Clauset and another computer-science student, Maxwell Young, started looking for that data. They found it in a database of global terrorist attacks maintained by the Memorial Institute for the Prevention of Terrorism in Oklahoma City, a homeland-security education and training institute founded in the wake of the 1995 Oklahoma City bombing. Once they'd built a computer program that could extract and parse the database's records on the nearly 30,000 terrorist attacks in 187 countries worldwide since 1968, they started looking for patterns.

Clauset's goal wasn't to solve the world's problems; it was just to answer the latest interesting question that had caught his fancy. "I'm fairly opportunistic, not motivated by the moral imperative," he explains. "If something seems interesting or weird, I might dive right in, looking for data, building models and teaching myself what's known and not known."

Clauset and Young were far from the first scholars to dive into the subject of human conflict. Since before the ancient Greek historian Thucydides penned The History of the Peloponnesian War in the fifth century B.C., people have been trying to figure out why and how humans kill one another. Not surprisingly, over the past decade, much of that scholarship has focused on terrorism. "Before 9/11, terrorism was not a hot research topic," says Victor Assal, political-science professor at the University at Albany-SUNY and director of the university's homeland-security concentration. "But since then, there has been an explosion of research. The government has poured a lot of money into the public and private sectors to study it."

Aaron Clauset has big ideas about Big Data.
Anthony Camera
Aaron Clauset has big ideas about Big Data.
Aaron Clauset found that the frequency and severity of smaller terrorist events, like the 1995 Aum Shinrikyo sarin attack that killed twelve, could point to the frequency and severity of much larger attacks like 9/11.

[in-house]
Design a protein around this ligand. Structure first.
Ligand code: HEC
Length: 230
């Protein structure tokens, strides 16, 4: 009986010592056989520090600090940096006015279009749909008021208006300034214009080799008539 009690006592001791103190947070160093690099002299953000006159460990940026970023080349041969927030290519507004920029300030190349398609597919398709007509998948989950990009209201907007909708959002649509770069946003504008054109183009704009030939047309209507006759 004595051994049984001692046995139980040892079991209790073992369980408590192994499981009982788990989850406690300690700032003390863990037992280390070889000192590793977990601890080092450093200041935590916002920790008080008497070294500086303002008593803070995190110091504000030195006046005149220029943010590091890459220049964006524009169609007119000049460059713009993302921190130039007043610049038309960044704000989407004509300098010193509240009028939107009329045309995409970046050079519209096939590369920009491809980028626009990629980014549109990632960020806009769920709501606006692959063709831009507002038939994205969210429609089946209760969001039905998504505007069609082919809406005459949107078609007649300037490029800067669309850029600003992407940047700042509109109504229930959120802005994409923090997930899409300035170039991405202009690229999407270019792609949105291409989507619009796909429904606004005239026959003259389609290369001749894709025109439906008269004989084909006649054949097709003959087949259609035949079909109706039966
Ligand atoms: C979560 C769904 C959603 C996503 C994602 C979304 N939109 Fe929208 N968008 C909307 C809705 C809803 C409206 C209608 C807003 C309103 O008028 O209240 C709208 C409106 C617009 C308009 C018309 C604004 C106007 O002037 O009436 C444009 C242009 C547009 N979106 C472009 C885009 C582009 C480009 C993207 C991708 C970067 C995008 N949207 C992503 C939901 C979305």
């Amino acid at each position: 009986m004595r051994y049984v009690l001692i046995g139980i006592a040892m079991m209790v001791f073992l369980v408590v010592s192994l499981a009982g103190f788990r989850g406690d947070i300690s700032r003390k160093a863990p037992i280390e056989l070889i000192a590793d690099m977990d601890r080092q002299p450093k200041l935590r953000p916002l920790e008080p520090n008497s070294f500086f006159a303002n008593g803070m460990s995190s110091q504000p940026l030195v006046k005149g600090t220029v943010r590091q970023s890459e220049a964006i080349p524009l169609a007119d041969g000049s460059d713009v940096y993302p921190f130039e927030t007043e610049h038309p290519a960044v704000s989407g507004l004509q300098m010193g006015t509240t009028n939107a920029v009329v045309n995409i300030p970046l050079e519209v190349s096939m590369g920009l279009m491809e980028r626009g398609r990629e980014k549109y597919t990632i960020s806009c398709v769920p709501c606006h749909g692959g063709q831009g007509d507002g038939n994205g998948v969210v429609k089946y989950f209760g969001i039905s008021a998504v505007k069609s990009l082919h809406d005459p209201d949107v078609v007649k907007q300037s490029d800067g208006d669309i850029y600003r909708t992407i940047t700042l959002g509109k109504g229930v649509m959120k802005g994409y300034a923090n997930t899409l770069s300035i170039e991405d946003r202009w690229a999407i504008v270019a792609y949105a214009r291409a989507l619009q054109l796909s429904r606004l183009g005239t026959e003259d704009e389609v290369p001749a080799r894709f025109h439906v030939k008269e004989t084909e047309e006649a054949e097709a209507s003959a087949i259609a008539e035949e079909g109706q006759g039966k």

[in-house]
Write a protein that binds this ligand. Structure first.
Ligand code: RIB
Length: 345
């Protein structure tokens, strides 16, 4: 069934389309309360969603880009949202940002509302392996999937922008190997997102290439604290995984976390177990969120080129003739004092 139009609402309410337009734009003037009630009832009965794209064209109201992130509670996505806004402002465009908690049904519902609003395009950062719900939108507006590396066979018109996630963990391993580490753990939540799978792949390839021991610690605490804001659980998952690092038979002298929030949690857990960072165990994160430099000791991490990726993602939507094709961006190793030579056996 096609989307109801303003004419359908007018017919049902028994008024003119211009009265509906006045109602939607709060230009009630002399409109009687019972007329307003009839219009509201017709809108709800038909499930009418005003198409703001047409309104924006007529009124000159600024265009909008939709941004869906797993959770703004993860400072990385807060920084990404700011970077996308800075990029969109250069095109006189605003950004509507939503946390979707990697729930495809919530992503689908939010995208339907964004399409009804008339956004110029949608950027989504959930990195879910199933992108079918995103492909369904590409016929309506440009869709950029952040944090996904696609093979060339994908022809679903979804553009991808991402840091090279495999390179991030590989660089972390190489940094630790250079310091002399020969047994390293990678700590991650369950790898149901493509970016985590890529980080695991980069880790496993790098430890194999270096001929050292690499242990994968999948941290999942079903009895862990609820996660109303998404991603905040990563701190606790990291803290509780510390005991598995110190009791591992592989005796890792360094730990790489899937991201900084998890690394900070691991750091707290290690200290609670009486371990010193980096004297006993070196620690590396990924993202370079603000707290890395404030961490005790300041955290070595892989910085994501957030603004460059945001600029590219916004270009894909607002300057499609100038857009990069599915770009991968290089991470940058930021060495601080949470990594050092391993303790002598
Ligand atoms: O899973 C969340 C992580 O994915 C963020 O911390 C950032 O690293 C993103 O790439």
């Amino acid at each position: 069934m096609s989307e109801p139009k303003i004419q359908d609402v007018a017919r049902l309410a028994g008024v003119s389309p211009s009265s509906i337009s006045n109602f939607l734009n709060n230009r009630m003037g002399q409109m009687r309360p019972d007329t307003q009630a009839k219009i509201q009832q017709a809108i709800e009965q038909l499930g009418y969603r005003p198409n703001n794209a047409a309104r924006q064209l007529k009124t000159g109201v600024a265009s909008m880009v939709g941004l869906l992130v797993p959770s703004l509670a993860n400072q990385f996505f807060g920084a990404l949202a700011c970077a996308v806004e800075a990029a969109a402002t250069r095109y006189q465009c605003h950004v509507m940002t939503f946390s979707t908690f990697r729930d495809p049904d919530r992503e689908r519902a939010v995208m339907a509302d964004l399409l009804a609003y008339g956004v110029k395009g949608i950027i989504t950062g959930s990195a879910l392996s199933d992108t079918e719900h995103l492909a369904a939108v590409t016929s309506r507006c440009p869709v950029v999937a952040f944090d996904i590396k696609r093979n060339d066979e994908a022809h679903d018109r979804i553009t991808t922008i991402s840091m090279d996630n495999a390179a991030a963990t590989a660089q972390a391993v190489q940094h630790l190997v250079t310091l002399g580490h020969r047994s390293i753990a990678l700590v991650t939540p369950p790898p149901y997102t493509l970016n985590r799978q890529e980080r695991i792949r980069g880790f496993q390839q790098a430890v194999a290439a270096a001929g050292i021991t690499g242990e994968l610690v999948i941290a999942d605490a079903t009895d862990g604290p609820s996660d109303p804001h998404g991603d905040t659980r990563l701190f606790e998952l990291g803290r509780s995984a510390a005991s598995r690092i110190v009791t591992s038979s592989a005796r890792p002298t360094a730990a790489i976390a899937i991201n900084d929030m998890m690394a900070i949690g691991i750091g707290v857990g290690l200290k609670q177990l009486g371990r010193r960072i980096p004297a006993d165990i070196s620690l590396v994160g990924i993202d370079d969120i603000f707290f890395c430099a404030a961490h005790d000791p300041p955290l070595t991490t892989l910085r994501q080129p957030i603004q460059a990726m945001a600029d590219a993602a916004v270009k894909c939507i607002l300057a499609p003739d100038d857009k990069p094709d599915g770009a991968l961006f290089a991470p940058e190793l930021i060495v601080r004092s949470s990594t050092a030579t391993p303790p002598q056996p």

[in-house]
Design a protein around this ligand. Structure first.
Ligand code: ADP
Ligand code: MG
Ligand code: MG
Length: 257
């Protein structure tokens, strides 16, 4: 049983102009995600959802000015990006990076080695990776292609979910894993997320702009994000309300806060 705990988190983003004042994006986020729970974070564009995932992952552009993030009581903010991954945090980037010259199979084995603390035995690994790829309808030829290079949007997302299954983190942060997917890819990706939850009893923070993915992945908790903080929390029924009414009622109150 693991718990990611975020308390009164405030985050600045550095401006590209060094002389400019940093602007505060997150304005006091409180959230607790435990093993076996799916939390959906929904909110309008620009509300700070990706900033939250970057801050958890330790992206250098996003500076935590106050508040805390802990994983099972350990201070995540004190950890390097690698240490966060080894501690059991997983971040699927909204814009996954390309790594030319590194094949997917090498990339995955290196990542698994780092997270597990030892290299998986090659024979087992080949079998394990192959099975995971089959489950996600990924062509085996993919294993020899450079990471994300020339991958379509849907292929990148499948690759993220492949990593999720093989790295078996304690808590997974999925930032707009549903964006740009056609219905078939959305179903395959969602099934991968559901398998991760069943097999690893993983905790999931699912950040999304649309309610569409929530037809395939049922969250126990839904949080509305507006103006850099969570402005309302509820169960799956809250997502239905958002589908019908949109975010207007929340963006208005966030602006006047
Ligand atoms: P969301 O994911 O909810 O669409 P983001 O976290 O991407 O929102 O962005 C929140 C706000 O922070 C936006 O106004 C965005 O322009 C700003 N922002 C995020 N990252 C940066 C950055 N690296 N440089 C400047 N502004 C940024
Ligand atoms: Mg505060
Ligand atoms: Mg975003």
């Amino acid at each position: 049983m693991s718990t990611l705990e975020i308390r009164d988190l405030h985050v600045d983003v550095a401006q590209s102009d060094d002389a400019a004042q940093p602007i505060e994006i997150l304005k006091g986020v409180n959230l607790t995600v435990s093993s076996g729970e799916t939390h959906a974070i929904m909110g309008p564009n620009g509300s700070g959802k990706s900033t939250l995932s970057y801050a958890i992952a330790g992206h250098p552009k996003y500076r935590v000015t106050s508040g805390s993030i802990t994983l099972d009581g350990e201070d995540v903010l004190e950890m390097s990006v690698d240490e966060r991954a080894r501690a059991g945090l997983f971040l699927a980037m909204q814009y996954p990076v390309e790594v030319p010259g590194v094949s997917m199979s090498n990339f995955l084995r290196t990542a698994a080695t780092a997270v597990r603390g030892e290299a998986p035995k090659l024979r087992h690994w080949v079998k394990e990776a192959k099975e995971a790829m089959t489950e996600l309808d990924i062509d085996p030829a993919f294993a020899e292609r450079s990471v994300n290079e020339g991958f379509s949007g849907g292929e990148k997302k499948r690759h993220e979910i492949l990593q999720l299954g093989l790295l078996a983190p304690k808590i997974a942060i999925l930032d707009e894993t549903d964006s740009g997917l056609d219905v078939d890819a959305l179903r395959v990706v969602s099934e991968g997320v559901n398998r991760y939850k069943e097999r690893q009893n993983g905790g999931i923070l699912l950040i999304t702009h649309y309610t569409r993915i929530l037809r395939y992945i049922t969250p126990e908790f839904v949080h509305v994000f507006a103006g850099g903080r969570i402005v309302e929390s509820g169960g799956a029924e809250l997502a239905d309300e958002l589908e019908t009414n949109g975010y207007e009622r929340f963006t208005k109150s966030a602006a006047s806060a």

Aaron Clauset
Aaron Clauset found that the frequency and severity of smaller terrorist events, like the 1995 Aum Shinrikyo sarin attack that killed twelve, could point to the frequency and severity of much larger attacks like 9/11.

The vast majority of scholarship on violence, terrorist-related or otherwise, has focused on the cause and effect of violent incidents: the motives and ideologies involved, the social and political repercussions that followed. But Clauset wasn't interested in digging into details — he wanted to look at the big picture.

And when he and Young looked at the big picture of terrorism, comparing the severity of attacks with their frequency, they noticed something interesting. "This looks like the same pattern as earthquakes," Clauset remembers thinking. The size and occurrence of earthquakes follows what's called a power-law distribution. There are usually lots of small earthquakes, a few mid-sized earthquakes and one or two powerful quakes. It's more common for statistical information to follow a normal or bell-curve distribution, in which most data points fall near the average. Human running speed, for example, has a bell-curve distribution, with most people running at about the average speed. If running instead followed a power-law distribution, Clauset explains, "there would be a small number of people who could run so fast they could launch themselves into orbit."